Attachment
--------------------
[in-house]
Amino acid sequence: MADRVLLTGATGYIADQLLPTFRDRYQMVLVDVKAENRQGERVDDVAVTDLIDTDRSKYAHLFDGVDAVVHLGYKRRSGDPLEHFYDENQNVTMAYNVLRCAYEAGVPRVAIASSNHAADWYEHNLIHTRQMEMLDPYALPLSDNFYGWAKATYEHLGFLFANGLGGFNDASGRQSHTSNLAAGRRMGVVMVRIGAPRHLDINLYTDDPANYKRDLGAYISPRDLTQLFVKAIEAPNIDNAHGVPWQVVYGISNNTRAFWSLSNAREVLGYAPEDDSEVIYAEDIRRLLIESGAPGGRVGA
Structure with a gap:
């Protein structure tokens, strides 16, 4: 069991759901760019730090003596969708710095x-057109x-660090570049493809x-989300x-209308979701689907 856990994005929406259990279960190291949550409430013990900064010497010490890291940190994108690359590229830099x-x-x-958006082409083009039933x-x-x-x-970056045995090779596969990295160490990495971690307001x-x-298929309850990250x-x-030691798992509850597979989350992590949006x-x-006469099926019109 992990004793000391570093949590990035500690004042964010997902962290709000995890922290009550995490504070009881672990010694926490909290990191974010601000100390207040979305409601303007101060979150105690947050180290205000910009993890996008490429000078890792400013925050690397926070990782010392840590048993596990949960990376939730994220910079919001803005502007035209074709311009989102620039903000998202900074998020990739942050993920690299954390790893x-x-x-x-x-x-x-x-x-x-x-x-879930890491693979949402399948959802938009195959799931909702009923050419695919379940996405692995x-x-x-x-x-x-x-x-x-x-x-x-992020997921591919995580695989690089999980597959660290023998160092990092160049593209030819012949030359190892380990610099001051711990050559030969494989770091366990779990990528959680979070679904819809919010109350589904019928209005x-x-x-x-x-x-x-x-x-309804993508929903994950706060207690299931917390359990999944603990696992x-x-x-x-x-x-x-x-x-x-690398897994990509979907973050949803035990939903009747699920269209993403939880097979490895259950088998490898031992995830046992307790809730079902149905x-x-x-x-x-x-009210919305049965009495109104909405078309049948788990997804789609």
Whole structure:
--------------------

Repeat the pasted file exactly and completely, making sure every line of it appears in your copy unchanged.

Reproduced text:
[in-house]
Amino acid sequence: MADRVLLTGATGYIADQLLPTFRDRYQMVLVDVKAENRQGERVDDVAVTDLIDTDRSKYAHLFDGVDAVVHLGYKRRSGDPLEHFYDENQNVTMAYNVLRCAYEAGVPRVAIASSNHAADWYEHNLIHTRQMEMLDPYALPLSDNFYGWAKATYEHLGFLFANGLGGFNDASGRQSHTSNLAAGRRMGVVMVRIGAPRHLDINLYTDDPANYKRDLGAYISPRDLTQLFVKAIEAPNIDNAHGVPWQVVYGISNNTRAFWSLSNAREVLGYAPEDDSEVIYAEDIRRLLIESGAPGGRVGA
Structure with a gap:
């Protein structure tokens, strides 16, 4: 069991759901760019730090003596969708710095x-057109x-660090570049493809x-989300x-209308979701689907 856990994005929406259990279960190291949550409430013990900064010497010490890291940190994108690359590229830099x-x-x-958006082409083009039933x-x-x-x-970056045995090779596969990295160490990495971690307001x-x-298929309850990250x-x-030691798992509850597979989350992590949006x-x-006469099926019109 992990004793000391570093949590990035500690004042964010997902962290709000995890922290009550995490504070009881672990010694926490909290990191974010601000100390207040979305409601303007101060979150105690947050180290205000910009993890996008490429000078890792400013925050690397926070990782010392840590048993596990949960990376939730994220910079919001803005502007035209074709311009989102620039903000998202900074998020990739942050993920690299954390790893x-x-x-x-x-x-x-x-x-x-x-x-879930890491693979949402399948959802938009195959799931909702009923050419695919379940996405692995x-x-x-x-x-x-x-x-x-x-x-x-992020997921591919995580695989690089999980597959660290023998160092990092160049593209030819012949030359190892380990610099001051711990050559030969494989770091366990779990990528959680979070679904819809919010109350589904019928209005x-x-x-x-x-x-x-x-x-309804993508929903994950706060207690299931917390359990999944603990696992x-x-x-x-x-x-x-x-x-x-690398897994990509979907973050949803035990939903009747699920269209993403939880097979490895259950088998490898031992995830046992307790809730079902149905x-x-x-x-x-x-009210919305049965009495109104909405078309049948788990997804789609």
Whole structure: